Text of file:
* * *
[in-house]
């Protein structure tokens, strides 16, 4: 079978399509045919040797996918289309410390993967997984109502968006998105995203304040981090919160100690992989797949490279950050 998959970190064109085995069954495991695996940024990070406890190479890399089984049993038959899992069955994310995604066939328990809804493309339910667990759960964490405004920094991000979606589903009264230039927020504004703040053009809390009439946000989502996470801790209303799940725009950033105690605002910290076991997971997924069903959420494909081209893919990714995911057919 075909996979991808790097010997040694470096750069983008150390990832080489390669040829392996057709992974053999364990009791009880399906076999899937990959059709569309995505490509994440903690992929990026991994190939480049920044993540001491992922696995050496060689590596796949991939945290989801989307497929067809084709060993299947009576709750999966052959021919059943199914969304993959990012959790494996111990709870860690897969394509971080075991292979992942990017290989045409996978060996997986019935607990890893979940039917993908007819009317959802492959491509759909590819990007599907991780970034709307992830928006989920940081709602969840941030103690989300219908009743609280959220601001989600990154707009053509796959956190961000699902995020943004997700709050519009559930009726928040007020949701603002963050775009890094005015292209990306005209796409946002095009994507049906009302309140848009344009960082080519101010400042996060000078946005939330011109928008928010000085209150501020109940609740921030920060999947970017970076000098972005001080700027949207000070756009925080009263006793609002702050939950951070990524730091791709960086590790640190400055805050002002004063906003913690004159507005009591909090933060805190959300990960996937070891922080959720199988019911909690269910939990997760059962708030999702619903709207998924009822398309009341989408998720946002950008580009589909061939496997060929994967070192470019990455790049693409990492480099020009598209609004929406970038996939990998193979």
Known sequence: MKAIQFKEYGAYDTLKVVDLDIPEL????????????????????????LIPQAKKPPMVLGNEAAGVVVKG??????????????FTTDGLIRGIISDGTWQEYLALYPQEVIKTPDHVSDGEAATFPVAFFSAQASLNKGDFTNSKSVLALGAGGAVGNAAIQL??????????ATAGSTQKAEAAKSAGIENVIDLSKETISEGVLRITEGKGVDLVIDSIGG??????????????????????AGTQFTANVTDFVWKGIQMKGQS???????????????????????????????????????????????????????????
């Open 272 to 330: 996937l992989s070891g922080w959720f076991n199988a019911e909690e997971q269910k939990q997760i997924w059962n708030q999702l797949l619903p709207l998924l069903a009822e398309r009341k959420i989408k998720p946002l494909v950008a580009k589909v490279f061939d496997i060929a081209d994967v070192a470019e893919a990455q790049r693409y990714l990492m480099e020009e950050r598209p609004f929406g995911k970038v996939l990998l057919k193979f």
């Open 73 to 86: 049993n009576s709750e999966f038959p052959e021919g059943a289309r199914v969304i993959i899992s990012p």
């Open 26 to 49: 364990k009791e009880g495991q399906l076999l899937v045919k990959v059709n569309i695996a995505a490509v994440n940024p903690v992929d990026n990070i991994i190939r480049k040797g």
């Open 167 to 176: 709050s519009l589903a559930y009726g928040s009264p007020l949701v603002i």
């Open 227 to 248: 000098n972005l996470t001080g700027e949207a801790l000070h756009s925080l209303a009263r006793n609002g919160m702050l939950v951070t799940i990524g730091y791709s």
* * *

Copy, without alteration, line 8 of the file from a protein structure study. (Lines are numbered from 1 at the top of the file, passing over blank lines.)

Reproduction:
């Open 227 to 248: 000098n972005l996470t001080g700027e949207a801790l000070h756009s925080l209303a009263r006793n609002g919160m702050l939950v951070t799940i990524g730091y791709s």